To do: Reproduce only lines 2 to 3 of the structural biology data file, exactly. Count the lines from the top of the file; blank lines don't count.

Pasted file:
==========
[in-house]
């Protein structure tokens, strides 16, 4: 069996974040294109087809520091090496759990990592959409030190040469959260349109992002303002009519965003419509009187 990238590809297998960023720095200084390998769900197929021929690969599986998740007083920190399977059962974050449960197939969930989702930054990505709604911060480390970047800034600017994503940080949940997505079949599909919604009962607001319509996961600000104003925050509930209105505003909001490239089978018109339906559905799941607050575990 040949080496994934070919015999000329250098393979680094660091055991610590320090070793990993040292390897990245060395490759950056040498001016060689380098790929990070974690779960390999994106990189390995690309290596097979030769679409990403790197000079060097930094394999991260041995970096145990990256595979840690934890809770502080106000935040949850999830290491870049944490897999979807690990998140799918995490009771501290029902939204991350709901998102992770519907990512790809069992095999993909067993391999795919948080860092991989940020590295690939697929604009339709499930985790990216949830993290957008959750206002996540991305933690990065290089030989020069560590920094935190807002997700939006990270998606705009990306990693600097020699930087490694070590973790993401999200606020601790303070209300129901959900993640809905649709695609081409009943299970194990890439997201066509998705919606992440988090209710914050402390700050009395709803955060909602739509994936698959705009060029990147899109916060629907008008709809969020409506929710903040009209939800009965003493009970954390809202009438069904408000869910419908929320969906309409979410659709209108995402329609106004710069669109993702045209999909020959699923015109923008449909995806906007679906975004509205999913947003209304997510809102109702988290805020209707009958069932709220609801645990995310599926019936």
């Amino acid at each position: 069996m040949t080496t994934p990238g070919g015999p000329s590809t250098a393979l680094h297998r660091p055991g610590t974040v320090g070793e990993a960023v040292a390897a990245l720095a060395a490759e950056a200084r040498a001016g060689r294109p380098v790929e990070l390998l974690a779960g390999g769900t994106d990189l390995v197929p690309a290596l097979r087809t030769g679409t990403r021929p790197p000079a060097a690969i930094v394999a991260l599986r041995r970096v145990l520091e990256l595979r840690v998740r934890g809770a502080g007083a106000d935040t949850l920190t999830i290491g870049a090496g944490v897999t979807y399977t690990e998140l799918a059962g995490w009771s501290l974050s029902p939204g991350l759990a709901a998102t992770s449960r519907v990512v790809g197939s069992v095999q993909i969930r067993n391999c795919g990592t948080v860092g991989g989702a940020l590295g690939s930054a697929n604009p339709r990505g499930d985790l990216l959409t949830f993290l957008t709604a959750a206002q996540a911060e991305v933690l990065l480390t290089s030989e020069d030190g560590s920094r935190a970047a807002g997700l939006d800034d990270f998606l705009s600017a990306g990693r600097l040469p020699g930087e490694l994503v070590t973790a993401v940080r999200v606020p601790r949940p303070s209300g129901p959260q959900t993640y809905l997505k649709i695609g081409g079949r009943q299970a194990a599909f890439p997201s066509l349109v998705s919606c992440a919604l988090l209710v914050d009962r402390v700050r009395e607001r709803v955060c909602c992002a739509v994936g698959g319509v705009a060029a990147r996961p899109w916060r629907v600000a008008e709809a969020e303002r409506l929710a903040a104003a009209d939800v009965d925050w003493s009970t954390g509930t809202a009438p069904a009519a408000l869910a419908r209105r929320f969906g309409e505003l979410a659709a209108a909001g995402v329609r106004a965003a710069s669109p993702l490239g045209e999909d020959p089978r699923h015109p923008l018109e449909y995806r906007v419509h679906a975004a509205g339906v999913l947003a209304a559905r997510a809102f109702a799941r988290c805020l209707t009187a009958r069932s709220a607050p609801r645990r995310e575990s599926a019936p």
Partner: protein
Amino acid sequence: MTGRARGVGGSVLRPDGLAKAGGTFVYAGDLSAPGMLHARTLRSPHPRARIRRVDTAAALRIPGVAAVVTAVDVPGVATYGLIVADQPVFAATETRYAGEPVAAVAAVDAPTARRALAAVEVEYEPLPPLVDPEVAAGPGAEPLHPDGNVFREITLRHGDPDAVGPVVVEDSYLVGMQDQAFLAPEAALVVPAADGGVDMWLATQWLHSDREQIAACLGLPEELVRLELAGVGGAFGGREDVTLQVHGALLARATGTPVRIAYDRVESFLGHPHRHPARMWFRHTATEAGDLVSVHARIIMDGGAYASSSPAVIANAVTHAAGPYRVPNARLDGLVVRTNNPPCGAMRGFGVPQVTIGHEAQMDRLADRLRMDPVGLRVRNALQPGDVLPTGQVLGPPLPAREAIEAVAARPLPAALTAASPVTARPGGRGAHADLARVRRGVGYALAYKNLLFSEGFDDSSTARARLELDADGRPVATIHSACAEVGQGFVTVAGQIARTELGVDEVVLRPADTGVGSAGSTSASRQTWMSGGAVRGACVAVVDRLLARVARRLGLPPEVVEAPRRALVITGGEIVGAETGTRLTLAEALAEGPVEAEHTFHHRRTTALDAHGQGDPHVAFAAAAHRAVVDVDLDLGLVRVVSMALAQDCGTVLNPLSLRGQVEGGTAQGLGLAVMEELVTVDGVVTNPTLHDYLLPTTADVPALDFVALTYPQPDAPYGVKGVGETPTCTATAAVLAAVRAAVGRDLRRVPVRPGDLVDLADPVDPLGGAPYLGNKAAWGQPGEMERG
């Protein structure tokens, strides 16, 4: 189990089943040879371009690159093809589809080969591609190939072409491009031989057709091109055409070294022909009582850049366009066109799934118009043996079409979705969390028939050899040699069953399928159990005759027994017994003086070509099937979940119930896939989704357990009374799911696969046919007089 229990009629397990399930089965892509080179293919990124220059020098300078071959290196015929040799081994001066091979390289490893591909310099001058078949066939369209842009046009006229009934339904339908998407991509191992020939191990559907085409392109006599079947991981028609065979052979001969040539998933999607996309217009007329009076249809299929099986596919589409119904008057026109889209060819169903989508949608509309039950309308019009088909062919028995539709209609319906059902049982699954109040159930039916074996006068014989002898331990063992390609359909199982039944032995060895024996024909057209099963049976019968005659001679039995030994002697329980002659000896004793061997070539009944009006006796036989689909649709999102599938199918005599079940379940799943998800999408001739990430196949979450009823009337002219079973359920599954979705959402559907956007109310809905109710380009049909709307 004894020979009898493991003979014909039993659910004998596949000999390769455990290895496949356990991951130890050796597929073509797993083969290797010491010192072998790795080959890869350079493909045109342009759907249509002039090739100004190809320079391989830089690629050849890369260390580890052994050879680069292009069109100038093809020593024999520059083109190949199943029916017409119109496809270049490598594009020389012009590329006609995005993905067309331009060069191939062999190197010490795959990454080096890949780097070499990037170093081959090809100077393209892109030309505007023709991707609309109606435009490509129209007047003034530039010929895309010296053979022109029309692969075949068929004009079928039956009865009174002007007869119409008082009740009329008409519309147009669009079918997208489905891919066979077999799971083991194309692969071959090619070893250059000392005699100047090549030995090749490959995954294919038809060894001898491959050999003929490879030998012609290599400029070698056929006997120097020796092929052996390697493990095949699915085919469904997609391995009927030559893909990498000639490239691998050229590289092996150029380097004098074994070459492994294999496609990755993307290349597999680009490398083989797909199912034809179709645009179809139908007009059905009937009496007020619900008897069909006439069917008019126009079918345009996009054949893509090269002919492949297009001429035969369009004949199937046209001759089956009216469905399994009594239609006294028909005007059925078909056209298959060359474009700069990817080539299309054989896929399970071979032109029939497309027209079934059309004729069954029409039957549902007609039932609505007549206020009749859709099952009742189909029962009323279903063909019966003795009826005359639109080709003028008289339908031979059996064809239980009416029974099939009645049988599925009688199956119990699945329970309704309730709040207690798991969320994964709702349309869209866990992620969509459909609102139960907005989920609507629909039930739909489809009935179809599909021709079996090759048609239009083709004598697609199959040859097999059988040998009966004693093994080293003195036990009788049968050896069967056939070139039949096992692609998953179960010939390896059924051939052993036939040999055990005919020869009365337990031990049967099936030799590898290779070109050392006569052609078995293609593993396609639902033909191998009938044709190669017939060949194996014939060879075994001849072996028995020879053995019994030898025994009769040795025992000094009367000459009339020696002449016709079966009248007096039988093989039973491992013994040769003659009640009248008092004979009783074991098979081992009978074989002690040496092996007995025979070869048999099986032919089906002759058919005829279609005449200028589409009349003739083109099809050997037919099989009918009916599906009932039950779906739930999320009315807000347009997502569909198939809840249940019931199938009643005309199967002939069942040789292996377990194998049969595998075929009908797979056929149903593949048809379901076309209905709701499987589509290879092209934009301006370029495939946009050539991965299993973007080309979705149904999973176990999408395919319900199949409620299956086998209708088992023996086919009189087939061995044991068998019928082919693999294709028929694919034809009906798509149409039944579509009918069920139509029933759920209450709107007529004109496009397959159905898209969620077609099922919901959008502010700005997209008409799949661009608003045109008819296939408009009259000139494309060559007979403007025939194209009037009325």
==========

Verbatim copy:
């Protein structure tokens, strides 16, 4: 069996974040294109087809520091090496759990990592959409030190040469959260349109992002303002009519965003419509009187 990238590809297998960023720095200084390998769900197929021929690969599986998740007083920190399977059962974050449960197939969930989702930054990505709604911060480390970047800034600017994503940080949940997505079949599909919604009962607001319509996961600000104003925050509930209105505003909001490239089978018109339906559905799941607050575990 040949080496994934070919015999000329250098393979680094660091055991610590320090070793990993040292390897990245060395490759950056040498001016060689380098790929990070974690779960390999994106990189390995690309290596097979030769679409990403790197000079060097930094394999991260041995970096145990990256595979840690934890809770502080106000935040949850999830290491870049944490897999979807690990998140799918995490009771501290029902939204991350709901998102992770519907990512790809069992095999993909067993391999795919948080860092991989940020590295690939697929604009339709499930985790990216949830993290957008959750206002996540991305933690990065290089030989020069560590920094935190807002997700939006990270998606705009990306990693600097020699930087490694070590973790993401999200606020601790303070209300129901959900993640809905649709695609081409009943299970194990890439997201066509998705919606992440988090209710914050402390700050009395709803955060909602739509994936698959705009060029990147899109916060629907008008709809969020409506929710903040009209939800009965003493009970954390809202009438069904408000869910419908929320969906309409979410659709209108995402329609106004710069669109993702045209999909020959699923015109923008449909995806906007679906975004509205999913947003209304997510809102109702988290805020209707009958069932709220609801645990995310599926019936």
């Amino acid at each position: 069996m040949t080496t994934p990238g070919g015999p000329s590809t250098a393979l680094h297998r660091p055991g610590t974040v320090g070793e990993a960023v040292a390897a990245l720095a060395a490759e950056a200084r040498a001016g060689r294109p380098v790929e990070l390998l974690a779960g390999g769900t994106d990189l390995v197929p690309a290596l097979r087809t030769g679409t990403r021929p790197p000079a060097a690969i930094v394999a991260l599986r041995r970096v145990l520091e990256l595979r840690v998740r934890g809770a502080g007083a106000d935040t949850l920190t999830i290491g870049a090496g944490v897999t979807y399977t690990e998140l799918a059962g995490w009771s501290l974050s029902p939204g991350l759990a709901a998102t992770s449960r519907v990512v790809g197939s069992v095999q993909i969930r067993n391999c795919g990592t948080v860092g991989g989702a940020l590295g690939s930054a697929n604009p339709r990505g499930d985790l990216l959409t949830f993290l957008t709604a959750a206002q996540a911060e991305v933690l990065l480390t290089s030989e020069d030190g560590s920094r935190a970047a807002g997700l939006d800034d990270f998606l705009s600017a990306g990693r600097l040469p020699g930087e490694l994503v070590t973790a993401v940080r999200v606020p601790r949940p303070s209300g129901p959260q959900t993640y809905l997505k649709i695609g081409g079949r009943q299970a194990a599909f890439p997201s066509l349109v998705s919606c992440a919604l988090l209710v914050d009962r402390v700050r009395e607001r709803v955060c909602c992002a739509v994936g698959g319509v705009a060029a990147r996961p899109w916060r629907v600000a008008e709809a969020e303002r409506l929710a903040a104003a009209d939800v009965d925050w003493s009970t954390g509930t809202a009438p069904a009519a408000l869910a419908r209105r929320f969906g309409e505003l979410a659709a209108a909001g995402v329609r106004a965003a710069s669109p993702l490239g045209e999909d020959p089978r699923h015109p923008l018109e449909y995806r906007v419509h679906a975004a509205g339906v999913l947003a209304a559905r997510a809102f109702a799941r988290c805020l209707t009187a009958r069932s709220a607050p609801r645990r995310e575990s599926a019936p």